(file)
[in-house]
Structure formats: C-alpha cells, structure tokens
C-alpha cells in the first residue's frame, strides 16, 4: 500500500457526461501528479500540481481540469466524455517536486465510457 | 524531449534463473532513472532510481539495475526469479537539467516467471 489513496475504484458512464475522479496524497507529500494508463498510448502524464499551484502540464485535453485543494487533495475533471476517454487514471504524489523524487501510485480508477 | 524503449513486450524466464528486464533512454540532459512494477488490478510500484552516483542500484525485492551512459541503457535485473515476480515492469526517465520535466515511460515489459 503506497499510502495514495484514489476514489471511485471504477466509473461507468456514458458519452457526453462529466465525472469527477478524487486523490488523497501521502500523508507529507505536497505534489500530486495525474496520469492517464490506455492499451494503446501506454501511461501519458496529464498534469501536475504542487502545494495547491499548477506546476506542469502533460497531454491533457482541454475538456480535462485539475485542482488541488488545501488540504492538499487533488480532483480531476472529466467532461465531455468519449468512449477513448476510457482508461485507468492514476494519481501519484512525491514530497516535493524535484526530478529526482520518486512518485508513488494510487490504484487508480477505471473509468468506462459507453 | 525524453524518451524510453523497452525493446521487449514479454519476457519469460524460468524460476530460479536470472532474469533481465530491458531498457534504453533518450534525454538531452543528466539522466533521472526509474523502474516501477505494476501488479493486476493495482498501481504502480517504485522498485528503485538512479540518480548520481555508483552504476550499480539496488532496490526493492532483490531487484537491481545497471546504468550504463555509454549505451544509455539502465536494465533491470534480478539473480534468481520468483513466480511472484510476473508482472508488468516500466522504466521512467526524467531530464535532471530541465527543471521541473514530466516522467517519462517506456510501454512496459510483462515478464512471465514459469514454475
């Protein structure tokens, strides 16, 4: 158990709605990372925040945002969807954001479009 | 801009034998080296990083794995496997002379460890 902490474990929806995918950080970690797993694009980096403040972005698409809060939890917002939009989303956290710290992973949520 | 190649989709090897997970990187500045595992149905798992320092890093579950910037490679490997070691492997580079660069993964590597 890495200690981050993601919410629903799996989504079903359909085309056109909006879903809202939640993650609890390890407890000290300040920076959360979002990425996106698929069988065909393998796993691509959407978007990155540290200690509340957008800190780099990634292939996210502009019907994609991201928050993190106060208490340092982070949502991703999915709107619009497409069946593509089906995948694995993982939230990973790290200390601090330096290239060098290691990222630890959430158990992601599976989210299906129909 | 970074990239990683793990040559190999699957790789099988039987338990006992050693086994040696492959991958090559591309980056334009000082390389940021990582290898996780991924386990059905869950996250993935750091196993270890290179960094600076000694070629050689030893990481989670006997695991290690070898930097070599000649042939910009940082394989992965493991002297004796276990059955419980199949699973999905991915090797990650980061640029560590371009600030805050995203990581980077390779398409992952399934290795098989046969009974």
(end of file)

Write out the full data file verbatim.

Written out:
[in-house]
Structure formats: C-alpha cells, structure tokens
C-alpha cells in the first residue's frame, strides 16, 4: 500500500457526461501528479500540481481540469466524455517536486465510457 | 524531449534463473532513472532510481539495475526469479537539467516467471 489513496475504484458512464475522479496524497507529500494508463498510448502524464499551484502540464485535453485543494487533495475533471476517454487514471504524489523524487501510485480508477 | 524503449513486450524466464528486464533512454540532459512494477488490478510500484552516483542500484525485492551512459541503457535485473515476480515492469526517465520535466515511460515489459 503506497499510502495514495484514489476514489471511485471504477466509473461507468456514458458519452457526453462529466465525472469527477478524487486523490488523497501521502500523508507529507505536497505534489500530486495525474496520469492517464490506455492499451494503446501506454501511461501519458496529464498534469501536475504542487502545494495547491499548477506546476506542469502533460497531454491533457482541454475538456480535462485539475485542482488541488488545501488540504492538499487533488480532483480531476472529466467532461465531455468519449468512449477513448476510457482508461485507468492514476494519481501519484512525491514530497516535493524535484526530478529526482520518486512518485508513488494510487490504484487508480477505471473509468468506462459507453 | 525524453524518451524510453523497452525493446521487449514479454519476457519469460524460468524460476530460479536470472532474469533481465530491458531498457534504453533518450534525454538531452543528466539522466533521472526509474523502474516501477505494476501488479493486476493495482498501481504502480517504485522498485528503485538512479540518480548520481555508483552504476550499480539496488532496490526493492532483490531487484537491481545497471546504468550504463555509454549505451544509455539502465536494465533491470534480478539473480534468481520468483513466480511472484510476473508482472508488468516500466522504466521512467526524467531530464535532471530541465527543471521541473514530466516522467517519462517506456510501454512496459510483462515478464512471465514459469514454475
């Protein structure tokens, strides 16, 4: 158990709605990372925040945002969807954001479009 | 801009034998080296990083794995496997002379460890 902490474990929806995918950080970690797993694009980096403040972005698409809060939890917002939009989303956290710290992973949520 | 190649989709090897997970990187500045595992149905798992320092890093579950910037490679490997070691492997580079660069993964590597 890495200690981050993601919410629903799996989504079903359909085309056109909006879903809202939640993650609890390890407890000290300040920076959360979002990425996106698929069988065909393998796993691509959407978007990155540290200690509340957008800190780099990634292939996210502009019907994609991201928050993190106060208490340092982070949502991703999915709107619009497409069946593509089906995948694995993982939230990973790290200390601090330096290239060098290691990222630890959430158990992601599976989210299906129909 | 970074990239990683793990040559190999699957790789099988039987338990006992050693086994040696492959991958090559591309980056334009000082390389940021990582290898996780991924386990059905869950996250993935750091196993270890290179960094600076000694070629050689030893990481989670006997695991290690070898930097070599000649042939910009940082394989992965493991002297004796276990059955419980199949699973999905991915090797990650980061640029560590371009600030805050995203990581980077390779398409992952399934290795098989046969009974």